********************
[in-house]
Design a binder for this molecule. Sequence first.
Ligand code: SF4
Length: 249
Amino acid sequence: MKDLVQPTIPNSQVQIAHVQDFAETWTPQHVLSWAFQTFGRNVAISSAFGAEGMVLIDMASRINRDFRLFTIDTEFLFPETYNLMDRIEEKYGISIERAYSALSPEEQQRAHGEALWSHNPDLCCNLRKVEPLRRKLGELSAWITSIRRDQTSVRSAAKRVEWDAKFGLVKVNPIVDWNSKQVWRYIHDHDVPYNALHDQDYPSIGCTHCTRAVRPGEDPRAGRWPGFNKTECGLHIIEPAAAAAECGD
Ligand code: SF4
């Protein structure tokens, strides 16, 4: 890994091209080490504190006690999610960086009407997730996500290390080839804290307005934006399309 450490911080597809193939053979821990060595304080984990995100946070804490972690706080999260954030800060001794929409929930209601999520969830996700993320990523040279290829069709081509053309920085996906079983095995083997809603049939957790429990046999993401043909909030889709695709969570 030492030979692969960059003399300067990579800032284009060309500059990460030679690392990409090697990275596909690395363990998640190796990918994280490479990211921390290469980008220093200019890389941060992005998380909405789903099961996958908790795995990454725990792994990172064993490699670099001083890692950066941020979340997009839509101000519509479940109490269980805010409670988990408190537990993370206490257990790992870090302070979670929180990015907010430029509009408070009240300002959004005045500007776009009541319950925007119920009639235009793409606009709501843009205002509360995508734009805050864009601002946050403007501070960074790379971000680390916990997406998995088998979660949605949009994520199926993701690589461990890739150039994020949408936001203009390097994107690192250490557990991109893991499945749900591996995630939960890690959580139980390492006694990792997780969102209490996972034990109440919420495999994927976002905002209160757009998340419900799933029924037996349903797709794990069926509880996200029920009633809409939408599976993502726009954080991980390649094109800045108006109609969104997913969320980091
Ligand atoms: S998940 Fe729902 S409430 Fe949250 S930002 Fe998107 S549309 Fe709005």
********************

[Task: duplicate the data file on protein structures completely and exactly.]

[in-house]
Design a binder for this molecule. Sequence first.
Ligand code: SF4
Length: 249
Amino acid sequence: MKDLVQPTIPNSQVQIAHVQDFAETWTPQHVLSWAFQTFGRNVAISSAFGAEGMVLIDMASRINRDFRLFTIDTEFLFPETYNLMDRIEEKYGISIERAYSALSPEEQQRAHGEALWSHNPDLCCNLRKVEPLRRKLGELSAWITSIRRDQTSVRSAAKRVEWDAKFGLVKVNPIVDWNSKQVWRYIHDHDVPYNALHDQDYPSIGCTHCTRAVRPGEDPRAGRWPGFNKTECGLHIIEPAAAAAECGD
Ligand code: SF4
């Protein structure tokens, strides 16, 4: 890994091209080490504190006690999610960086009407997730996500290390080839804290307005934006399309 450490911080597809193939053979821990060595304080984990995100946070804490972690706080999260954030800060001794929409929930209601999520969830996700993320990523040279290829069709081509053309920085996906079983095995083997809603049939957790429990046999993401043909909030889709695709969570 030492030979692969960059003399300067990579800032284009060309500059990460030679690392990409090697990275596909690395363990998640190796990918994280490479990211921390290469980008220093200019890389941060992005998380909405789903099961996958908790795995990454725990792994990172064993490699670099001083890692950066941020979340997009839509101000519509479940109490269980805010409670988990408190537990993370206490257990790992870090302070979670929180990015907010430029509009408070009240300002959004005045500007776009009541319950925007119920009639235009793409606009709501843009205002509360995508734009805050864009601002946050403007501070960074790379971000680390916990997406998995088998979660949605949009994520199926993701690589461990890739150039994020949408936001203009390097994107690192250490557990991109893991499945749900591996995630939960890690959580139980390492006694990792997780969102209490996972034990109440919420495999994927976002905002209160757009998340419900799933029924037996349903797709794990069926509880996200029920009633809409939408599976993502726009954080991980390649094109800045108006109609969104997913969320980091
Ligand atoms: S998940 Fe729902 S409430 Fe949250 S930002 Fe998107 S549309 Fe709005």